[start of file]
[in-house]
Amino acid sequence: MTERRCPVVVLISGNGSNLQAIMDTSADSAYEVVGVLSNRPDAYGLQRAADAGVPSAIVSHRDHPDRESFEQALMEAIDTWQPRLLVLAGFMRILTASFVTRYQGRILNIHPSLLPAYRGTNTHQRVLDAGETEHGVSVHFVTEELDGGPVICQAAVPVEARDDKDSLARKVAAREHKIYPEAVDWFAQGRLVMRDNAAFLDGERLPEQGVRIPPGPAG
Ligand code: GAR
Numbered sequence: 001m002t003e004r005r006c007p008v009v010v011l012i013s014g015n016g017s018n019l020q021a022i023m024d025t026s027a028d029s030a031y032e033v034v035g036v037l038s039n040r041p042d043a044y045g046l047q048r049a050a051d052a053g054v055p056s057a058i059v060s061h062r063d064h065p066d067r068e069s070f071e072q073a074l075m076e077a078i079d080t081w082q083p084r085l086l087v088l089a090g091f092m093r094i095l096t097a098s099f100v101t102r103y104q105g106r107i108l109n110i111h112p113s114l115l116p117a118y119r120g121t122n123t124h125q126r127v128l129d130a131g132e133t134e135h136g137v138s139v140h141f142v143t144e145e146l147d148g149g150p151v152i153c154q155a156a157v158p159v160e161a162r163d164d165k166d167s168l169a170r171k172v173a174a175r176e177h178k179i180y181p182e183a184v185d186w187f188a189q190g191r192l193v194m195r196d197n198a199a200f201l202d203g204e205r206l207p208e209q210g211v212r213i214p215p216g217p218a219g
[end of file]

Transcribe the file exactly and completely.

[in-house]
Amino acid sequence: MTERRCPVVVLISGNGSNLQAIMDTSADSAYEVVGVLSNRPDAYGLQRAADAGVPSAIVSHRDHPDRESFEQALMEAIDTWQPRLLVLAGFMRILTASFVTRYQGRILNIHPSLLPAYRGTNTHQRVLDAGETEHGVSVHFVTEELDGGPVICQAAVPVEARDDKDSLARKVAAREHKIYPEAVDWFAQGRLVMRDNAAFLDGERLPEQGVRIPPGPAG
Ligand code: GAR
Numbered sequence: 001m002t003e004r005r006c007p008v009v010v011l012i013s014g015n016g017s018n019l020q021a022i023m024d025t026s027a028d029s030a031y032e033v034v035g036v037l038s039n040r041p042d043a044y045g046l047q048r049a050a051d052a053g054v055p056s057a058i059v060s061h062r063d064h065p066d067r068e069s070f071e072q073a074l075m076e077a078i079d080t081w082q083p084r085l086l087v088l089a090g091f092m093r094i095l096t097a098s099f100v101t102r103y104q105g106r107i108l109n110i111h112p113s114l115l116p117a118y119r120g121t122n123t124h125q126r127v128l129d130a131g132e133t134e135h136g137v138s139v140h141f142v143t144e145e146l147d148g149g150p151v152i153c154q155a156a157v158p159v160e161a162r163d164d165k166d167s168l169a170r171k172v173a174a175r176e177h178k179i180y181p182e183a184v185d186w187f188a189q190g191r192l193v194m195r196d197n198a199a200f201l202d203g204e205r206l207p208e209q210g211v212r213i214p215p216g217p218a219g